Post # 1
My parents had a messy and hurtful divorce years ago, instigated by my dad’s serious theft. It has taken a lot of reconciliation for me to feel o.k. with him at our wedding. Now, I am wondering, what techniques did you use to successfully manage divorced parents? I don’t like the idea of a freind being their “babysitter” I am just thinking of other logistics and ways to help my mom feel special and like this is HER show and HER family, not my Dad’s. Yes I know its “My day” but anyone else with family drama knows that “my day my way” is not the rhythm we typically march to.
I am nervous, unsettled, and looking for support for how to make this work! Thank you!
Post # 2
lizziebee33 : honestly – just don’t worry about it. They are adults and they can manage to be civil for the sake of their child for a few hours. My parents are divorced and at the end of the night they danced together to their own wedding song when the band played it. If youREALLY anticipate drama just say to each of them “listen I know it might be uncomfortable to be around mom/dad, but I’d appreciate it if you could be polite and drama free for one day. If that’s not possible then please just ignore each other. This is the last I’ll say about it”.
Post # 3
I am putting my divorced parents on the opposite sides of the room and his as well. It’s your day so do not stress it to much.
Post # 4
lizziebee33 : If your parents are anything like mine, you are probably worried that even if you have a heart-to-heart with them about behaving, they might let their emotions get the best of them. Especially on a day where they are already high strung.
Here are some of the strategies I’m considering!
– Even if it feels like you are having friends babysit, consider letting one or two close friends in on the situation. It might help you relax if you know that YOU don’t have to keep an eye on them because someone else is.
– Seat your mom at the important table and your dad at a table further away. If your mom has table #1 or the table closest to head table that gets dismissed first to eat she will feel special. These things are likely less important to your dad.
-Would you be open to letting your mom give you away? If your relationship with your dad is just OK, mom might be an appropriate person to give this honor to.
-Make her feel special with a gift before the ceremony thanking her for all she’s done or an extra beautiful bouquet/crosage/hand written note. Even a hankerchief with ‘mother of the bride’ or something embroidered on it might make her happy.
-Let your photographer know ahead of time about the potential drama so they know not to stick your parents right next to each other. Also let your wedding coordinator know. These people are being paid to make sure your day runs smoothly so it’s less like having a friend babysit.
Post # 5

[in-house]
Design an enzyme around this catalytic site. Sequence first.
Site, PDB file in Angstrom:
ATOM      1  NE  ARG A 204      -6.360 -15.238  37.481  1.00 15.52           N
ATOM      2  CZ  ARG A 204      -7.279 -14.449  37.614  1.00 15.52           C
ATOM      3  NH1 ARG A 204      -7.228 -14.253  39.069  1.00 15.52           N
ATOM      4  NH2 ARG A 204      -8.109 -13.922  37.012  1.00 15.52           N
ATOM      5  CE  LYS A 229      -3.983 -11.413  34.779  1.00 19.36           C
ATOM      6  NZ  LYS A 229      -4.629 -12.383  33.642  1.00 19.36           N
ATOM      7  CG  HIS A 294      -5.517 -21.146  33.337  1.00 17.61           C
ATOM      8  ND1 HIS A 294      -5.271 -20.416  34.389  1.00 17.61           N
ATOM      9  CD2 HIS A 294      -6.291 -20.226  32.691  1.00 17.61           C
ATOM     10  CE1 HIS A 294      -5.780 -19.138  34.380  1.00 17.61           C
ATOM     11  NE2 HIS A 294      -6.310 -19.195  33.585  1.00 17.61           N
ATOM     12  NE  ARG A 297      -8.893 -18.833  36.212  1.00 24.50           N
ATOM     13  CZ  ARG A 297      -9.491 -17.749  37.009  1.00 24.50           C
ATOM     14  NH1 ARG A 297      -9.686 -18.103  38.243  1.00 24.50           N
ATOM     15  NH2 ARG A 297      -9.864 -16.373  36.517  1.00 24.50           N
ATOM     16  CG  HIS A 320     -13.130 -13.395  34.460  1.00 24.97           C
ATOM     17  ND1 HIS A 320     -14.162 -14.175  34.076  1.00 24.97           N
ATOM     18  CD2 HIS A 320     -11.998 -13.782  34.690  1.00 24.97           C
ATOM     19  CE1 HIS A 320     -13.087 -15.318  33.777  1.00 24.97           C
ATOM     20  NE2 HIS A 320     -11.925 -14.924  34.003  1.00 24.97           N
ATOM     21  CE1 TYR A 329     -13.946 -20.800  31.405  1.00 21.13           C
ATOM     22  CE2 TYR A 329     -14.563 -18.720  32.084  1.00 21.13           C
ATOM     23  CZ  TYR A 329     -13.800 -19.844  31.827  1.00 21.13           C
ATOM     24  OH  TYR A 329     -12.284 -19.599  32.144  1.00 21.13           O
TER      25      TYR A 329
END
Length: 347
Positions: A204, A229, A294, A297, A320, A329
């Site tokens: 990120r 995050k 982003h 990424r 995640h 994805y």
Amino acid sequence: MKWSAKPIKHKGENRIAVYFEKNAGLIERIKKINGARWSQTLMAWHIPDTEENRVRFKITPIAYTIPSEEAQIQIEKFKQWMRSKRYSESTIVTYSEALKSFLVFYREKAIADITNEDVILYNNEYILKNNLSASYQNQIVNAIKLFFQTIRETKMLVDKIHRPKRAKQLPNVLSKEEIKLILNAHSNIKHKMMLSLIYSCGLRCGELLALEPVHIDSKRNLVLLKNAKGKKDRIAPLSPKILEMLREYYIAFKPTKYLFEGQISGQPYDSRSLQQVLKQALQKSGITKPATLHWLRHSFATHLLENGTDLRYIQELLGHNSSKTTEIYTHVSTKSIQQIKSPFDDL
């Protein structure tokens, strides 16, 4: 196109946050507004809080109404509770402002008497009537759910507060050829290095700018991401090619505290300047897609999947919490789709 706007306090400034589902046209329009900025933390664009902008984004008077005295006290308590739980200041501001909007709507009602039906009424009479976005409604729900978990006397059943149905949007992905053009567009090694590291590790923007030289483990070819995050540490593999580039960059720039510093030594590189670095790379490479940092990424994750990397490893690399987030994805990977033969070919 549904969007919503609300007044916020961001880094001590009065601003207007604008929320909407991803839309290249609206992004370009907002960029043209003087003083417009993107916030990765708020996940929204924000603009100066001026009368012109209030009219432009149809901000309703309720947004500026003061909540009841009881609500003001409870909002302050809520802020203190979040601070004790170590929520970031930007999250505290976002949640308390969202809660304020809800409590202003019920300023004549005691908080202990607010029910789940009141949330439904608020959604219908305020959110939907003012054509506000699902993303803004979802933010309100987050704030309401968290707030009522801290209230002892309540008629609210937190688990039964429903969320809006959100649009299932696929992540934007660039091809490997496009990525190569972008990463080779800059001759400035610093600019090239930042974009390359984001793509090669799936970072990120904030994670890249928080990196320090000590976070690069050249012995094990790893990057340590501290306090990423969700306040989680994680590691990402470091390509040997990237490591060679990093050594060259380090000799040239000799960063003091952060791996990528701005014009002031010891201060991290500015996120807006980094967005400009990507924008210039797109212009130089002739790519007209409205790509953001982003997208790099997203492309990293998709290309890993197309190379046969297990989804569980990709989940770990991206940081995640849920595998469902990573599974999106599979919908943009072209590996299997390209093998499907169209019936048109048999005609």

My parents divorced when I was 10, and for years it was pretty messy. My dad remarried (within like 3 years) and my mom has had the same boyfriend for the past 20 years. I set the tone at my high school graduation by telling them that it was going to be a peaceful day (we were all going to lunch after) and anyone who felt like they couldn’t be civil and act like an adult was not welcome to come. That basically set the bar for the rest of time. Thankfully they’ve all gotten past it and actually now can be around each other and talk and have a good time.
DH’s parents are also divorced, but get along just fine. At our wedding each parent was given their own table to host whomever they wanted at. We did a seating chart, and let them know there were 8 seats at each table and who did they want at theirs. We did a sweetheart table way there was no drama over who got to sit with us or that any one parent had more important guests at their table.
At my brother’s wedding, which was very small and mostly immediate family and a few close friends, they opted to have a head (farmhouse) table that seated them and both sets of parents. It was our mom/boyfriend, dad/wife, and SIL’s married parrents. Ironically my SIL’s parents are such assholes with no personality that our parents spent most of the night talking to each other rather than her parents…haha.
Seriously though I would talk to each of your parents and let them know that this will be a no drama event. If you’re worried about your dad make sure to tell him that his antics won’t be tolorated and if he can’t behave, he can’t come. One thing I can tell you as a wedding photographer is to make sure you key in your important vendors to the family drama (aka: photographer & planner). My stepmom is very important to me and we’re super close, so I made sure the key vendors knew that she wasn’t just “stepmom of the bride”. She’s shy and so I made sure my bridal party knew to include her and actively engage her – especially during getting ready when my mom would also be there.
Post # 6
I am currently in that same situation with my Fiance’s parents and alcohol does NOT help the situation at all so we are planning on having them sit in separate sides like moussegirl had mentioned and like lizziebee33 said let at least 2 other people know. I have my SIL and her husband keeping an eye on for FIL hes the one we are most concerned about. All you really can is tell them that they other is going to be there and the options is to act like a mature adult or to be asked to leave.
Post # 7
My SIL had a short, terrible abusive marriage long before I met DH, she had 2 kids. When her son got married they seated the 2 parents across the room from each other. She behaved like he wasn’t there. There was no question of dancing together.
Even so, her ex was still an idiot. Me, DH and his sister were sitting talking, and the ex comes up to us and makes a stupid crack. We just sat there like 3 dummies, and he walked away.